Wednesday, November 9, 2016

The Lion, the Witch and the Wardrobe

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C.S. Lewis
Chronicles of Narnia
Geoffery Bles, 1984

The Lion, the Witch and the Wardrobe was published 29 years after the first chronological installment of the Chronicles of Narnia, The Magician's Nephew.

Rather than telling the story of Digory and Polly, this book introduces us years later to the Pevensie children, four siblings who are sent away during World War II.

The Pevensies are a likable quartet, and each one of them has their own unique characteristics and talents.  

Lucy is the first to find her way to Narnia through the Wardrobe in an upper room of the great house they are being boarded at.  

She enters the land of Narnia which has (from the time of The Magician's Nephew) changed into a land of eternal winter and oppression.  The White Witch has cast the weather upon Narnia and also has many Narnian citizens under her control.

Lucy befriends a faun called Tumnus who takes her back to his house for tea.  It is revealed that Tumnus has been instructed by the White Witch to bring any "Sons of Adam or Daughters of Eve" to her should he ever come across one.


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Tumnus attempts to kidnap Lucy, but finds he is unable to go through with it.  Lucy escapes Narnia, into the real world only to find that no time has passed.

Tumnus is taken by the White Witch for failing to obey her.

Lucy tries to show her siblings the way into Narnia, but it takes a few attempts before they get back in.  Once there they are taken in by the Beavers who help explain to them the condition of Narnia and what the children can do to help.

Lots of things happen in the middle concerning Aslan and other events which I will not spoil, but I will let you know for the sake of the points I would like to make that the children end up becoming the Kings and Queens of Narnia.

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Another thing you should know is that Lucy is given a special vial that allows her to heal anyone in distress, Edmund ends up betraying everyone to the White Witch, Susan is given a special horn that can call aid to her, and Peter is given a sword and shield with which to defend Narnia as High King.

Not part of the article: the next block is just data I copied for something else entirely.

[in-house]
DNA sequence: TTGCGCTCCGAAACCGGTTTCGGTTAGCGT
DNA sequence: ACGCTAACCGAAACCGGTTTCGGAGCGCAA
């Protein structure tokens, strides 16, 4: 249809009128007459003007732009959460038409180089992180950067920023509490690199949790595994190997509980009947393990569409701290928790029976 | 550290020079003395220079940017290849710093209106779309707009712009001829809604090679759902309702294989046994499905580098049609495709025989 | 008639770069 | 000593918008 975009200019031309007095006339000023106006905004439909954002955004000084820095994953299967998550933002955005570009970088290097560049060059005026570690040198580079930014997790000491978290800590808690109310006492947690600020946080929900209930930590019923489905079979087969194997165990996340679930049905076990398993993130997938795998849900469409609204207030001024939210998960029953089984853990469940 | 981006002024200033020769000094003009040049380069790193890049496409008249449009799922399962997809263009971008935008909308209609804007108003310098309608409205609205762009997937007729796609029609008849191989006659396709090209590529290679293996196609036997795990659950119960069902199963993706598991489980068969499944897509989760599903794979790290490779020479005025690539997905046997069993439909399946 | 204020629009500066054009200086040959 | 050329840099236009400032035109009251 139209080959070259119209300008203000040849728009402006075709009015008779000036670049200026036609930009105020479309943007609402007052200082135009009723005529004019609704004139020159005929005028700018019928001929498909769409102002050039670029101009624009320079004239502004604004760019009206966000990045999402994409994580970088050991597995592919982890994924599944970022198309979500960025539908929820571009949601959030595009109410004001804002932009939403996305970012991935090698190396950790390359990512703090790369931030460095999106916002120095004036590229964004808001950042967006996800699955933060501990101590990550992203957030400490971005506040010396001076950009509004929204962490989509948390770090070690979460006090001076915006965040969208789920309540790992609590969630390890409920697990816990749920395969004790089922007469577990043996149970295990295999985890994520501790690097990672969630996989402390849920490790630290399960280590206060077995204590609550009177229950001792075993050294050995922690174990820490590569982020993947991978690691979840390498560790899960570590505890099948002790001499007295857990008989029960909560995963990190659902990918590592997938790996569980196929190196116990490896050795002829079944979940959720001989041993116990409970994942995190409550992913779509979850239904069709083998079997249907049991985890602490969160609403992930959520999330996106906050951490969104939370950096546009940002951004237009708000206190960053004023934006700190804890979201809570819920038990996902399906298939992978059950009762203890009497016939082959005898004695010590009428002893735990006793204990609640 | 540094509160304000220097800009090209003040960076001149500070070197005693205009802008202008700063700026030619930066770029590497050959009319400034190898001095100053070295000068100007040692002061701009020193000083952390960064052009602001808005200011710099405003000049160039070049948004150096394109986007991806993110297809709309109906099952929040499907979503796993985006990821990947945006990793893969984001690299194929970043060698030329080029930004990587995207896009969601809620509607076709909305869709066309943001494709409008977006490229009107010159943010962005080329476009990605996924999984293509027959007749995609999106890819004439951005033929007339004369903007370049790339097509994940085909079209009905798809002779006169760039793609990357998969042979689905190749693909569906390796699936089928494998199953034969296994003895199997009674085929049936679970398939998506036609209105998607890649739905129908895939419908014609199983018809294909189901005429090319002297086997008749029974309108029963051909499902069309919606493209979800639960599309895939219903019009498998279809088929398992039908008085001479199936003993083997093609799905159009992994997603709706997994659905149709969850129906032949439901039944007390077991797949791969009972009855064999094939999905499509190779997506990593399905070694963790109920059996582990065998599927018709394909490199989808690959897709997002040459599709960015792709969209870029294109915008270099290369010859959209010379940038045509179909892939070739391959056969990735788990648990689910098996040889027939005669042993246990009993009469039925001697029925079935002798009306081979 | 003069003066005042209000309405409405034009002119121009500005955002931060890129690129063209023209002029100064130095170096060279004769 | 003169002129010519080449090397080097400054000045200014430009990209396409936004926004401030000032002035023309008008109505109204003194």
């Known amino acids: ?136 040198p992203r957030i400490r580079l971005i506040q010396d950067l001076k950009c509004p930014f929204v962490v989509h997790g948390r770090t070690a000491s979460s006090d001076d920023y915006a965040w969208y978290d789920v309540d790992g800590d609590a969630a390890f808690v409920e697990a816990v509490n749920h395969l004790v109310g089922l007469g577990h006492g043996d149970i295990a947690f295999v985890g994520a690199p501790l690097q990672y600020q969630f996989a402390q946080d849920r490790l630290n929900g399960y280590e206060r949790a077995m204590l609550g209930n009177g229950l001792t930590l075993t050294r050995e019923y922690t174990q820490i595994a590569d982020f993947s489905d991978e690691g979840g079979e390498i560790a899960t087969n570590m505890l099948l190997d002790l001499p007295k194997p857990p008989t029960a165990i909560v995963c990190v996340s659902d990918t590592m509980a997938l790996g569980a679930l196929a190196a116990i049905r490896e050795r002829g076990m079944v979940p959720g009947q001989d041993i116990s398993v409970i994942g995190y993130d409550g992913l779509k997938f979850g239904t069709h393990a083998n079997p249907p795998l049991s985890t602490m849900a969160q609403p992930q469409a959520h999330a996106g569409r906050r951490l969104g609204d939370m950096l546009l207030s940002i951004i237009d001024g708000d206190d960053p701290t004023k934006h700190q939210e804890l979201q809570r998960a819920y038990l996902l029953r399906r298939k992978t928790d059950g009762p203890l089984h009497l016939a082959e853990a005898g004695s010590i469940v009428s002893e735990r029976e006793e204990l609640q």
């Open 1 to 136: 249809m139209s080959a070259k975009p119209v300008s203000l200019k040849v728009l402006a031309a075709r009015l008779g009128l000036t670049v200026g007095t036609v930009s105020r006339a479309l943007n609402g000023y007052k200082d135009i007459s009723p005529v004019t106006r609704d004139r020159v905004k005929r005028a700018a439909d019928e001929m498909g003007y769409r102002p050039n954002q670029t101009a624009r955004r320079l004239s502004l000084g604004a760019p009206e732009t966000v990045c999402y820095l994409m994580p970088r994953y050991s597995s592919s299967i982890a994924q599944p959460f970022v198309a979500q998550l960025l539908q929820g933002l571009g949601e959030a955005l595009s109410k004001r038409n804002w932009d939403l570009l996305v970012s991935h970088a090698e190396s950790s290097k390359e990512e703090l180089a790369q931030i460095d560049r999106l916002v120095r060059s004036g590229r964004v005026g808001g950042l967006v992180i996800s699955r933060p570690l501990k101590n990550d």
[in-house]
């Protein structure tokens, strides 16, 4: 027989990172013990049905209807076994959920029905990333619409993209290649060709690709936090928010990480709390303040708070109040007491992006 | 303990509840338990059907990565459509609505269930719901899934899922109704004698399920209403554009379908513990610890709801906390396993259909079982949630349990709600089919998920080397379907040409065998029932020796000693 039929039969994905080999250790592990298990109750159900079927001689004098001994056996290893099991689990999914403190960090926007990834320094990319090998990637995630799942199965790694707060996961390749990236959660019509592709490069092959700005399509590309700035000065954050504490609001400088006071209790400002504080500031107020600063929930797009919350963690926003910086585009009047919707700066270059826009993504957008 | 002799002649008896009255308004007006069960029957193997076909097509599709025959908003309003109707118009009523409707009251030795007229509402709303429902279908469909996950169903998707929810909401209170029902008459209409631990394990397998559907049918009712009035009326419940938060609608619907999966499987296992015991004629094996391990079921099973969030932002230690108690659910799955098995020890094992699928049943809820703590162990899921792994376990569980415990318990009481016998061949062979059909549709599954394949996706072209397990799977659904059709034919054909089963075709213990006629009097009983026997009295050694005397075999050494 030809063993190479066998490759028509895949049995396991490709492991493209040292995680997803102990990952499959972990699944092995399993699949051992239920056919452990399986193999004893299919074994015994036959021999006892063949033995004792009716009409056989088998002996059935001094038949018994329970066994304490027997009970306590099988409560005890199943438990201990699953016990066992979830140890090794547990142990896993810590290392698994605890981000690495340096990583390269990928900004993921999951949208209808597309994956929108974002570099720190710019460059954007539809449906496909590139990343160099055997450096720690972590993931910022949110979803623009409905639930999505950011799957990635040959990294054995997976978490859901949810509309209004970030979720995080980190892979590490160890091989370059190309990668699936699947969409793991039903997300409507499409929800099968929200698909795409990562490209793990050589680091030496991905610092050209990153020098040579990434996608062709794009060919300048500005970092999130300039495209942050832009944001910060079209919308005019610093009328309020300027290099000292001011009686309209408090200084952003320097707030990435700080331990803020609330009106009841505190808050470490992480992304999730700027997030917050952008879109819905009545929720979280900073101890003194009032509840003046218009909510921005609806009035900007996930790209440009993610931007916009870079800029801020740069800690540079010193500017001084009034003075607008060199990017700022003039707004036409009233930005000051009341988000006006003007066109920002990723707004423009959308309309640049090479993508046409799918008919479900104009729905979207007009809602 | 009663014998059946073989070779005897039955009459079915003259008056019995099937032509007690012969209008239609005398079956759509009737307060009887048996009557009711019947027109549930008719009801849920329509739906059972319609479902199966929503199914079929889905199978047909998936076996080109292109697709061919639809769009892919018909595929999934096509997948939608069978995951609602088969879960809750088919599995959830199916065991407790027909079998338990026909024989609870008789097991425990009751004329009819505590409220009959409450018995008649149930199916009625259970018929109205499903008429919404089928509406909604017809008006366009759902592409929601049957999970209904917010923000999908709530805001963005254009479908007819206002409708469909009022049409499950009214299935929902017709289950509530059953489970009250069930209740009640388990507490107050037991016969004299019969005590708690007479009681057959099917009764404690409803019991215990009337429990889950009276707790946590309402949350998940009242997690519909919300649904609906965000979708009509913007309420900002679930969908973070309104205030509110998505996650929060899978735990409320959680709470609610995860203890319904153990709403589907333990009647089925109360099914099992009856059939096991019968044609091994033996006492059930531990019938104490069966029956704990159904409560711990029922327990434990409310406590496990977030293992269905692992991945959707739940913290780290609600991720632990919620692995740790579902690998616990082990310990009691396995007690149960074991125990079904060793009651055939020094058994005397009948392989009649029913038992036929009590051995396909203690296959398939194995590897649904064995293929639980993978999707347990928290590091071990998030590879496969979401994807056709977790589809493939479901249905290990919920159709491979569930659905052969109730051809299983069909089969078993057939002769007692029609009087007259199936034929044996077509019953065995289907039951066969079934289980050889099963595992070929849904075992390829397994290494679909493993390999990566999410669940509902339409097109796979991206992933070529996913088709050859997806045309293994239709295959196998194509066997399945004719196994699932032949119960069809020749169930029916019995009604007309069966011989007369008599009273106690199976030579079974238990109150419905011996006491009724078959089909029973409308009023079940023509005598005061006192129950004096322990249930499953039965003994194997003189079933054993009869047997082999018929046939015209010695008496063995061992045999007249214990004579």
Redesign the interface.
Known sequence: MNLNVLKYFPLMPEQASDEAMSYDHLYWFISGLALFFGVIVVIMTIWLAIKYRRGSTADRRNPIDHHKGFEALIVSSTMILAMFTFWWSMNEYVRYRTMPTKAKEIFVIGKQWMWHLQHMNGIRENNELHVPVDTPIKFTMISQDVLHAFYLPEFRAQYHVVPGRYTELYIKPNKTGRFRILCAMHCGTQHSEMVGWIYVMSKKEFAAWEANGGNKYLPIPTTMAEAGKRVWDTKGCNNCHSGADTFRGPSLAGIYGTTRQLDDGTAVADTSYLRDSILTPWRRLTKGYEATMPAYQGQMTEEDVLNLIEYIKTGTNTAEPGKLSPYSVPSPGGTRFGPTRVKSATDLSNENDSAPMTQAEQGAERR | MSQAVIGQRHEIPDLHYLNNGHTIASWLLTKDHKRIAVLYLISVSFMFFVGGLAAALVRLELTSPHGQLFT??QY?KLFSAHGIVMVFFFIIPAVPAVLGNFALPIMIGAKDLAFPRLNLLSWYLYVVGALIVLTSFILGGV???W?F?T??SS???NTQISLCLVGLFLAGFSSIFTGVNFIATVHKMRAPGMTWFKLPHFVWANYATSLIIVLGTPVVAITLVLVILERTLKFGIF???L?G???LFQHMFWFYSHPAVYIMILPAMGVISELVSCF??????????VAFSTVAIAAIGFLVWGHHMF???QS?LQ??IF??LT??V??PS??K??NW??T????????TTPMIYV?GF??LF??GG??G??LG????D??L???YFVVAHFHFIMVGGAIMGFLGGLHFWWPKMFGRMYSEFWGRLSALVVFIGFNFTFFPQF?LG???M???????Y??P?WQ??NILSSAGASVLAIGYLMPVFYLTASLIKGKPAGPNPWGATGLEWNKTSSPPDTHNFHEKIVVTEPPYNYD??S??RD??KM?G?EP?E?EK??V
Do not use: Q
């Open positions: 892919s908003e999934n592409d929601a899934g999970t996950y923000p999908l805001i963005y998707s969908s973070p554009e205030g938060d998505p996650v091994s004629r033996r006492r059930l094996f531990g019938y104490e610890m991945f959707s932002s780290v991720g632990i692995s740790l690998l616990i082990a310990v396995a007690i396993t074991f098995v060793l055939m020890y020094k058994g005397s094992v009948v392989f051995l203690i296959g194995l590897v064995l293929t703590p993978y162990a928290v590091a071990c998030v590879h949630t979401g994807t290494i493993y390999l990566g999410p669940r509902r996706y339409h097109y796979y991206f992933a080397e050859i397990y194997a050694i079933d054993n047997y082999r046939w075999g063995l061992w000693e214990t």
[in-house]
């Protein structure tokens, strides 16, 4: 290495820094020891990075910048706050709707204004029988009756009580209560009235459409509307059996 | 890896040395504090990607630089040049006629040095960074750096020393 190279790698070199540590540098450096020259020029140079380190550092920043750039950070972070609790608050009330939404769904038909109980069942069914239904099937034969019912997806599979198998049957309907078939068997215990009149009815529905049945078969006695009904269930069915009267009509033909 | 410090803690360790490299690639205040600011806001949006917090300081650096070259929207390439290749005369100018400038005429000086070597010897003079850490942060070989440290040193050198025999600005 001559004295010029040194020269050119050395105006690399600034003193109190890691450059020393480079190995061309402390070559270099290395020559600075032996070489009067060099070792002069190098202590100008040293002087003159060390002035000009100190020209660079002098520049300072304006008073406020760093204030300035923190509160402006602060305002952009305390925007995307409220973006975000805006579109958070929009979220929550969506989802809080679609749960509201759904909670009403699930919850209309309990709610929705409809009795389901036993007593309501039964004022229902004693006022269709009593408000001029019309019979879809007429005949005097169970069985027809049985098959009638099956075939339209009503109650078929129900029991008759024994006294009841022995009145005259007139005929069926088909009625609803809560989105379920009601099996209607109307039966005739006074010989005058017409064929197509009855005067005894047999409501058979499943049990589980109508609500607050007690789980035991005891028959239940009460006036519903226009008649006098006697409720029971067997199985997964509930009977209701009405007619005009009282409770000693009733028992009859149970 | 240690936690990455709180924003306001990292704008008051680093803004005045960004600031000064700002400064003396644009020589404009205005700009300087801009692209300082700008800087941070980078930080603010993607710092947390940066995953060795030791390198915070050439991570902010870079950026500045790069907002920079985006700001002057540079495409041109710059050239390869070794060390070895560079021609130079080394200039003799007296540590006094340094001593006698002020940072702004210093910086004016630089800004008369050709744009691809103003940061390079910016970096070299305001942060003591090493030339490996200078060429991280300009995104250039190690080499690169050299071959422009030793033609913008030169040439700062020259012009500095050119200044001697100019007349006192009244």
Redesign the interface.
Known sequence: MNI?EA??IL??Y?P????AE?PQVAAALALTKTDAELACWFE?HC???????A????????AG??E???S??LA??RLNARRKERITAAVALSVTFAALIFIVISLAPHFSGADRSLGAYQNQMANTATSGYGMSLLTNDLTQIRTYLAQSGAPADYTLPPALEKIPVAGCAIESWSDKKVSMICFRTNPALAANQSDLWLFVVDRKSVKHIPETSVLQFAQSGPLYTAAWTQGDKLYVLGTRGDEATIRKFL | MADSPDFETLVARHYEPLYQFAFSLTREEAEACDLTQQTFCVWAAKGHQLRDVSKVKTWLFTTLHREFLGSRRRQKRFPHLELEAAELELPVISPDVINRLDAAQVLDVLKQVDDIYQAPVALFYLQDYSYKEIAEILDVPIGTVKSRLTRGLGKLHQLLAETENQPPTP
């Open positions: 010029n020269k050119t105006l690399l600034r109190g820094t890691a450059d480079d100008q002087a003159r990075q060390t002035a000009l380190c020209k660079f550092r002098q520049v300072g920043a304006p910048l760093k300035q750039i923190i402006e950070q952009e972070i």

This story is quite clearly a Christian allegory, which may bother some readers.  It certainly bothered Tolkien who was not a great fan of it when Lewis read it aloud at an Inklings meeting.  It mildly bothered me because everything seemed so obvious, but I tried to remind myself that it was meant for children.

I did really like the characters, and I found the movie to be pretty intriguing and adventurous.  

I would recommend this book to children, and I know a lot of adults have read and enjoy it.  I don't personally love this book, although I think it's alright and worth the short amount of time it takes to read.

Have you read the Lion, the Witch and the Wardrobe?  Are you a fan of allegory?

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The Chronicles of Narnia Wiki - Wikia

7 comments:

  1. I love the Chronicles of Narnia! :D I've always thought that Tolkien missed the point of the books; they (and especially The Lion, the Witch, and the Wardrobe) are supposed to be an obvious allegory to spiritual things. They are meant to light up the mind of a young reader and cause them to ask more questions, and to remind Adults of the wonder of God's glories, shown in a new and fantastical way. :)

    As you get further in the series, you'll see the allegory come through in different and slightly less obvious ways. The Silver Chair, for instance, portrays the struggles of a Godly person trapped in sinful ways. And the Last Battle, you'll find, has some interesting similarities to present times... >_>

    Anyway, I'm glad you're reading the series, even if it isn't your favorite in the world. I hope that you continue to enjoy them as you go!

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    1. I'm glad you say the allegory will be subtler. I like to dig around before I find themes, so I'm excited for that :)

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  2. I love the Chronicles of Narnia.....but I'm not a big fan of allegories generally. When I first read Narnia 2 years ago, I read only The Magician's Nephew, The Lion, the Witch and the Wardrobe, A Horse and His Boy and Prince Caspian......and I didn't find them very interesting. But I was still on a high from reading LOTR for the first time 6 months before! Since then I have finished reading and re-read all of the books and I like them almost as much as LOTR now. They are really the only allegory that I enjoy. I have also seen the movies, and I am super excited because LWW movie is on Netflix!!!

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    1. Oh I didn't know it is on Netflix! Cool!!
      Did you hear that they're making a movie for the Silver Chair?

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    2. I heard, and I can't wait. It's been really slow going, and I doubt we'll see it any time soon. But maybe it will be out by the time my future children are old enough to enjoy it...

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    3. I heard and I'm a bit wary. They SOOOOOOO messed up Voyage of the Dawn Treader. Which happens to be my favorite of the books!!

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    4. Emmarayn, I was checking the news for it and it doesn't even look like they're done with the screenplay yet :(
      I've never seen that movie (only LWW and Prince Caspian) but that's really too bad, I'm sorry.

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